On November 17, 2015, the House Energy & Commerce Subcommittee on Health held a hearing examining the regulation of laboratory developed tests (LDTs). CMS Deputy Administrator Patrick Conway and CDRH Director Jeffrey Shuren testified regarding the respective roles of CMS and FDA in the oversight of LDTs.
The day before the hearing, FDA issued a report of 20 case studies that FDA provided in support of its proposal to regulate LDTs as devices. FDA describes this report as illustrating “how lack of LDT oversight may be causing or is causing significant harm to patients.”
As previously reported, last October FDA published a draft guidance document describing its proposed new regulatory framework for oversight of LDTs (and a companion draft guidance document on notification and reporting for LDTs). Publication of the draft guidance documents followed a statutorily-required 60-day notice to Congress. At the recent hearing, Dr. Shuren stated that FDA hopes to finalize the guidance documents in 2016.
At the hearing, the FDA and CMS officials supported FDA’s proposed framework over proposals that have been recommended by various stakeholders. They stated that, between the two agencies, only FDA had the appropriate expertise to provide premarket review of LDTs and to assess clinical validity.
In the year since publication of the draft guidance documents, the appropriate framework for oversight of LDTs, and the question of whether FDA has authority to regulate LDTs, has been the subject of significant debate. For example:
- In September 2014, during the 60-day notice period, the Health Subcommittee of the House Energy and Commerce Committee held a hearing on FDA’s draft guidance documents.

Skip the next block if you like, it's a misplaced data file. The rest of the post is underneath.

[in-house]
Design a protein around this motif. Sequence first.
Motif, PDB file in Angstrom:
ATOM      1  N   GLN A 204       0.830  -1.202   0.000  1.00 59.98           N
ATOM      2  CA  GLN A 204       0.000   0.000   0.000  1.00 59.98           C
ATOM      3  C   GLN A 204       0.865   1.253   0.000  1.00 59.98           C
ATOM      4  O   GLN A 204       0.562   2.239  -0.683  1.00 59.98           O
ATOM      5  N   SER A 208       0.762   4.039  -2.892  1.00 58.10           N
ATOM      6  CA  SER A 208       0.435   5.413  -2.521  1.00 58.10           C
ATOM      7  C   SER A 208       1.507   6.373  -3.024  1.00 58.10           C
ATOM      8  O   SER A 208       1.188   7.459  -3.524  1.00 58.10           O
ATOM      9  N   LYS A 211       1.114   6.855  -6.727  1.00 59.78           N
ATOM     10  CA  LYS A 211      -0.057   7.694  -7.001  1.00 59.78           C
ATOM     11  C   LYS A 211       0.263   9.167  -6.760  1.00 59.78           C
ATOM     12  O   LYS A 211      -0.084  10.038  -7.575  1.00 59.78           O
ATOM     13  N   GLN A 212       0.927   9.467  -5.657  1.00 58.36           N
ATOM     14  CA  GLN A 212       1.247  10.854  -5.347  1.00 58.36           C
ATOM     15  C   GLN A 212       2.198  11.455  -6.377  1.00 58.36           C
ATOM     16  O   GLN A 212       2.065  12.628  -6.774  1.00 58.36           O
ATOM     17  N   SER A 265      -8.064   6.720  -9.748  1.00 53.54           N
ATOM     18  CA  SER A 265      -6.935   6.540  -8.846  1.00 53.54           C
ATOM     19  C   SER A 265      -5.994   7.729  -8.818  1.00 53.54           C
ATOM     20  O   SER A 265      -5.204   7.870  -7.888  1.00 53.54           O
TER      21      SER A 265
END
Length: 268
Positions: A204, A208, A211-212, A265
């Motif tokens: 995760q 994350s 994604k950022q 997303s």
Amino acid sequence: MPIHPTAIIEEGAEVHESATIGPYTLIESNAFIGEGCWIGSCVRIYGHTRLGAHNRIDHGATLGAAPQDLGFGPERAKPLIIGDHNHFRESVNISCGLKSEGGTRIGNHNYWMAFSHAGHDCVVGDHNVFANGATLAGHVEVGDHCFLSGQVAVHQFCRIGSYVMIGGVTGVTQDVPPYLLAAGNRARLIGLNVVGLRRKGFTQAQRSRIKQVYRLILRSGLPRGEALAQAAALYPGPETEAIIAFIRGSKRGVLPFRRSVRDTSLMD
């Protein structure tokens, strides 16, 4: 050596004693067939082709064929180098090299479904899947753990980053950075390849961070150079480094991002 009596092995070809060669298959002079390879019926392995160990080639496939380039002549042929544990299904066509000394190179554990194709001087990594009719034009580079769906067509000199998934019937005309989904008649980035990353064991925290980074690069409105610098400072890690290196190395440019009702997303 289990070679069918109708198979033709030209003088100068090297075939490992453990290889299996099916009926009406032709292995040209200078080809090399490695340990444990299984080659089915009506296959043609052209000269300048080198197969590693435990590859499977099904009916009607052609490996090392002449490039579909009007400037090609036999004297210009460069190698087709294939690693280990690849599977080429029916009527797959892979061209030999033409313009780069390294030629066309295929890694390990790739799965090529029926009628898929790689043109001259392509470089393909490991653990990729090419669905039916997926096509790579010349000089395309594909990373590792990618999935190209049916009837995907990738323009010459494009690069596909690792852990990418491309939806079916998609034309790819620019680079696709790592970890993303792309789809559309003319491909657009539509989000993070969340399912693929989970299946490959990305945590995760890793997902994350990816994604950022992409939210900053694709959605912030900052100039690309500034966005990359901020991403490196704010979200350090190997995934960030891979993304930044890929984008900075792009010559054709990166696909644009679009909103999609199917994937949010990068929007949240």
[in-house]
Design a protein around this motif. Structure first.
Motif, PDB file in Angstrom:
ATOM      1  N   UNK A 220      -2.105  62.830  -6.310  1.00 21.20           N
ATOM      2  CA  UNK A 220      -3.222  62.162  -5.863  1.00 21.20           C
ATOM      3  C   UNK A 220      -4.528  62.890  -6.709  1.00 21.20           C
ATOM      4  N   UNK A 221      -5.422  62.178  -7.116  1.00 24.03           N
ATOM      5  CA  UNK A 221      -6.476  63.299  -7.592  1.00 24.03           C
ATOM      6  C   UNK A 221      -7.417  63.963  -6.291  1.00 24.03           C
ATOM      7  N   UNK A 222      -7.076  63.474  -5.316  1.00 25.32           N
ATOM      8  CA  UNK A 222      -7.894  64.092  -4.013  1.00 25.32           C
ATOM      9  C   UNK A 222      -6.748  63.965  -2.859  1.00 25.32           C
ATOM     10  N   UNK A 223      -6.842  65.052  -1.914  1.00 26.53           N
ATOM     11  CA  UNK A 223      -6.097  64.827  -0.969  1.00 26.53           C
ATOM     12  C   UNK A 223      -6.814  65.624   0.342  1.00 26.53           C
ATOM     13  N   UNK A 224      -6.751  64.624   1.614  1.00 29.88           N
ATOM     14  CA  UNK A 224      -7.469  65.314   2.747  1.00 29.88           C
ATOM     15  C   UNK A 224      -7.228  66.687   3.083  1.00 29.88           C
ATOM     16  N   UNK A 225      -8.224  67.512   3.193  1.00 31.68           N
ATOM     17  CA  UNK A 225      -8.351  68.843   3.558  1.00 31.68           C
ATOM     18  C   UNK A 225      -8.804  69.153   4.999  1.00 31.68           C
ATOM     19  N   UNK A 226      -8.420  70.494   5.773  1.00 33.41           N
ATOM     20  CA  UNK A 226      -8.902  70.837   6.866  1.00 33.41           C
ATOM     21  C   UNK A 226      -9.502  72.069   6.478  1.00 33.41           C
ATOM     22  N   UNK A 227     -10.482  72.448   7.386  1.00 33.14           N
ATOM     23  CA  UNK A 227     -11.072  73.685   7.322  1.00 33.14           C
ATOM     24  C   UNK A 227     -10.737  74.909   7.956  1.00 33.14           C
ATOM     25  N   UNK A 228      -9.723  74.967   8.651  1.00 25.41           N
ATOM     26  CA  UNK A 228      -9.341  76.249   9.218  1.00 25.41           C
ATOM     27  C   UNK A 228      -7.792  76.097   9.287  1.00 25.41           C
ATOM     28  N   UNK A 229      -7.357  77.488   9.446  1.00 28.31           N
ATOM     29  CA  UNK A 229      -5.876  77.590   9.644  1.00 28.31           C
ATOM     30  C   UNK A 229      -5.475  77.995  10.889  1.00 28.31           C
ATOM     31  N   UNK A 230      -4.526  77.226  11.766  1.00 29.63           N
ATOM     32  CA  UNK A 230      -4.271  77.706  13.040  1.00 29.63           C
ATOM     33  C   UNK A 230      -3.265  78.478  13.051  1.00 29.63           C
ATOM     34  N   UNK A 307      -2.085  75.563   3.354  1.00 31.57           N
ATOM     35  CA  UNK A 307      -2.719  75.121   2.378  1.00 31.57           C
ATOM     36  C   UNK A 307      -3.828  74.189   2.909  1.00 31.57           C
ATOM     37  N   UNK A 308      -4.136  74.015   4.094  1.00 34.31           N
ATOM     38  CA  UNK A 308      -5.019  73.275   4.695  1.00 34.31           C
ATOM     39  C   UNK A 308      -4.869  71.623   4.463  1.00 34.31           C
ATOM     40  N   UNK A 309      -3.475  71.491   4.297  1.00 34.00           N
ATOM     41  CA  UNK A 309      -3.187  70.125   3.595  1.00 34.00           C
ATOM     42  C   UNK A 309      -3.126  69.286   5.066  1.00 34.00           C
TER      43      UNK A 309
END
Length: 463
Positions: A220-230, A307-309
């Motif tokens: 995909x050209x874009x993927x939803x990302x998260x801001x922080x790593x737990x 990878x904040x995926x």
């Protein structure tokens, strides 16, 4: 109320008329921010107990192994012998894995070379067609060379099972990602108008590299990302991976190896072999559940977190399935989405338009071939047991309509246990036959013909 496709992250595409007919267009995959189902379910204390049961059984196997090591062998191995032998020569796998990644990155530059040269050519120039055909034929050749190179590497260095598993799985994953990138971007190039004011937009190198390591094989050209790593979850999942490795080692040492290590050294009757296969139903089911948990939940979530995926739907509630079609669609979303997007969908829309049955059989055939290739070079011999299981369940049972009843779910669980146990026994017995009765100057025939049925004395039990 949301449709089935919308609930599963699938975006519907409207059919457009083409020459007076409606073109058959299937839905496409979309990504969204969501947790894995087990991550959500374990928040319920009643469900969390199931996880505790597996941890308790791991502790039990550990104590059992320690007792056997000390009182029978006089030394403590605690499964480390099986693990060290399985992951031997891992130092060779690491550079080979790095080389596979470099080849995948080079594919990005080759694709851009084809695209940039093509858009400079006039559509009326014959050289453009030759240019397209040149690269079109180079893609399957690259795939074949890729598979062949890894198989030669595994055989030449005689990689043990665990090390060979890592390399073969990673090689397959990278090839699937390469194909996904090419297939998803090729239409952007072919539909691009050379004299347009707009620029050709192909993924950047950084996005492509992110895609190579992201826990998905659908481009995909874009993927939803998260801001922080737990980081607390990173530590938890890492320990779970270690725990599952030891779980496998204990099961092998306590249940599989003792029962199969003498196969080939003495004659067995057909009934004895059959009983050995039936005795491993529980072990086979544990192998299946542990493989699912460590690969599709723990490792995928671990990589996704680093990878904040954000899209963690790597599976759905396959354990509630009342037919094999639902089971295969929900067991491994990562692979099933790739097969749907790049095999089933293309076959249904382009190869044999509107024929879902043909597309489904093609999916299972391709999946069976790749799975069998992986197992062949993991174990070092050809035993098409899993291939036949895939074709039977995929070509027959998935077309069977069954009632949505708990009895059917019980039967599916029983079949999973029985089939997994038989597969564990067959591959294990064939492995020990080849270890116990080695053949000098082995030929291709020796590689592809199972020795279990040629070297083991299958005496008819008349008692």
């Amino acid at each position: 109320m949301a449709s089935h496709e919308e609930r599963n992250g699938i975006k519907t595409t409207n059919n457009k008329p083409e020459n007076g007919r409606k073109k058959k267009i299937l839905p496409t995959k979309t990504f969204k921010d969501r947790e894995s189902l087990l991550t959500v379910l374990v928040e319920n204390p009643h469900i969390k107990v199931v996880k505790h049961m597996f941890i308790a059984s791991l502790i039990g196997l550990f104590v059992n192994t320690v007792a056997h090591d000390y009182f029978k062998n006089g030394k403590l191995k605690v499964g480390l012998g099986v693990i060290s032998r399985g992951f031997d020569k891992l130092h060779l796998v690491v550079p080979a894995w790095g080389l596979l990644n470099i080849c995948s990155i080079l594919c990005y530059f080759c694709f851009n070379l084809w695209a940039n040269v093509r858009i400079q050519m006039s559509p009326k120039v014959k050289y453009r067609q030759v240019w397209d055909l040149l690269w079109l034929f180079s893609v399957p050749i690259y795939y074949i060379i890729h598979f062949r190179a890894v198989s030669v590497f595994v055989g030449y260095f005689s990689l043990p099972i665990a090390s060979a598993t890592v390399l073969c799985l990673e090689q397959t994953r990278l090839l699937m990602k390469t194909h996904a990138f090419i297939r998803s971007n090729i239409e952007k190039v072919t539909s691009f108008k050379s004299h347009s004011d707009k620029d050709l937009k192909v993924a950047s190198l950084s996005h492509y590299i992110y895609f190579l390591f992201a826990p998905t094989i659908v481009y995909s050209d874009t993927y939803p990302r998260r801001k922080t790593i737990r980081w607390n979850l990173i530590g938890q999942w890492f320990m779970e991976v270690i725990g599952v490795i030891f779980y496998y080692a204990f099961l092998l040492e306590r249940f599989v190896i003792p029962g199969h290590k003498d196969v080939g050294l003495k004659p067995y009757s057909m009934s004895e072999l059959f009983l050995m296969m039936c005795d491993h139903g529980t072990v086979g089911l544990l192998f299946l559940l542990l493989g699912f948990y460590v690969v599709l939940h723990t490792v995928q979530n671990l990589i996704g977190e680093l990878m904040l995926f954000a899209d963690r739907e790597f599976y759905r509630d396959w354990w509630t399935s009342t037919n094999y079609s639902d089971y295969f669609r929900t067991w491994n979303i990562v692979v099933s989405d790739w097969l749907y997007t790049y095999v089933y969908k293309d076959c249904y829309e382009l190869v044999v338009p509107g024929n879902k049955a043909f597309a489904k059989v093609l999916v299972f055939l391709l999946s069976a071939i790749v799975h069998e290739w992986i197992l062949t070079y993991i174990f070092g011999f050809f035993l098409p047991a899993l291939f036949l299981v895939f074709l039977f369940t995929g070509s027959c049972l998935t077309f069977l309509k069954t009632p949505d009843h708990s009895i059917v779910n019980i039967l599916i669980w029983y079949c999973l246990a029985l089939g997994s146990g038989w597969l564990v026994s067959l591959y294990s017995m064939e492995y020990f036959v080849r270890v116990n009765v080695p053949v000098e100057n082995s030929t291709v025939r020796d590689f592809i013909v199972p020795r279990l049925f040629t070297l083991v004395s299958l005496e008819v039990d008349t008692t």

- In November 2014, a coalition of nearly 40 laboratories, medical groups and other organizations sent a letter to FDA asking the agency to withdraw the draft guidance documents and use formal rulemaking.
- In December 2014, the House Energy and Commerce Committee issued a white paper seeking feedback on eleven questions regarding oversight of LDTs as part of the 21st Century Cures initiative.
- In January 2015, FDA held a two-day public workshop on the agency’s proposed framework for oversight of LDTs, at which numerous stakeholders presented differing views.
- The same month, the American Clinical Laboratory Association released a white paper arguing that FDA lacks the authority to regulate LDTs as medical devices.
- Over 200 comments were submitted to the docket for FDA’s draft guidance documents prior to the close of the comment period in February 2015.
- In April 2015, in a FDAVoice blog post, FDA announced that FDA and CMS formed a task force on LDT quality requirements.
- Also in April, the Diagnostic Test Working Group, a coalition of certain diagnostic manufacturers and clinical laboratories, released an alternative framework under which all in vitro clinical tests, including LDTs, would be regulated separately from medical devices with jurisdiction shared between FDA and CMS.
- In June 2015, the House Energy and Commerce Committee circulated a draft bill that would establish a new statutory framework for the regulation of in vitro clinical tests, including LDTs, by a new FDA Center for In Vitro Clinical Tests.
- In August 2015, the Association of Molecular Pathology announced that it had met with the Senate Health, Education, Labor and Pensions Committee to discuss a proposal for modernization of CLIA regulations for LDTs.
- In September 2015, the College of American Pathologists released a legislative proposal that would primarily involve modifications to CLIA but would include FDA regulation of high-risk LDTs.
- In October 2015, the House Energy and Commerce Committee circulated an updated draft bill (revising the draft bill first circulated in June).
- Also last month, a coalition of eight organizations sent a letter to the Senate Committee on Health, Education, Labor and Pensions in support of modernizing oversight of LDTs though reform of CLIA.
We will continue to monitor and report on developments in this area.